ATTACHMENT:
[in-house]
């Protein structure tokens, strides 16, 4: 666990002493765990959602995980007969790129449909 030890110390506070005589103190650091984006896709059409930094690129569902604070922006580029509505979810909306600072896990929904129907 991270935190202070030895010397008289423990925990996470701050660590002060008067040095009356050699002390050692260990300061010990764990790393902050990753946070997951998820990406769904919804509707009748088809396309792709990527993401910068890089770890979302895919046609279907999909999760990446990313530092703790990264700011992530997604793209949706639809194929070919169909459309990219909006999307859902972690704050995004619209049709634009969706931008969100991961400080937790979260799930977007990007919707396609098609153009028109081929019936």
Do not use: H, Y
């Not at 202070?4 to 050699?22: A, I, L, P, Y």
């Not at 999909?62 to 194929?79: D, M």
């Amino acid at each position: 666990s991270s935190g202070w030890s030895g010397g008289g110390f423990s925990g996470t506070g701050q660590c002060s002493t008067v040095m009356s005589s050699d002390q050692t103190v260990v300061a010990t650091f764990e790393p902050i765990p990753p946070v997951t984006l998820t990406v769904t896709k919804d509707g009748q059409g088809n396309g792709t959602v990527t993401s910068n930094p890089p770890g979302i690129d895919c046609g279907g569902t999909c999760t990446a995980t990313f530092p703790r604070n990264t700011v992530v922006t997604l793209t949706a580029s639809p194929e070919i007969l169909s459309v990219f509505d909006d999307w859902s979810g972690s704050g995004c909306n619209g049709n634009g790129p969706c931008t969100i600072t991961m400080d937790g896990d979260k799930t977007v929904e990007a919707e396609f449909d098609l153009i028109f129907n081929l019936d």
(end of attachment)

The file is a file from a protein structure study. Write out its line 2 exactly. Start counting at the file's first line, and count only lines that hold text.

């Protein structure tokens, strides 16, 4: 666990002493765990959602995980007969790129449909 030890110390506070005589103190650091984006896709059409930094690129569902604070922006580029509505979810909306600072896990929904129907 991270935190202070030895010397008289423990925990996470701050660590002060008067040095009356050699002390050692260990300061010990764990790393902050990753946070997951998820990406769904919804509707009748088809396309792709990527993401910068890089770890979302895919046609279907999909999760990446990313530092703790990264700011992530997604793209949706639809194929070919169909459309990219909006999307859902972690704050995004619209049709634009969706931008969100991961400080937790979260799930977007990007919707396609098609153009028109081929019936």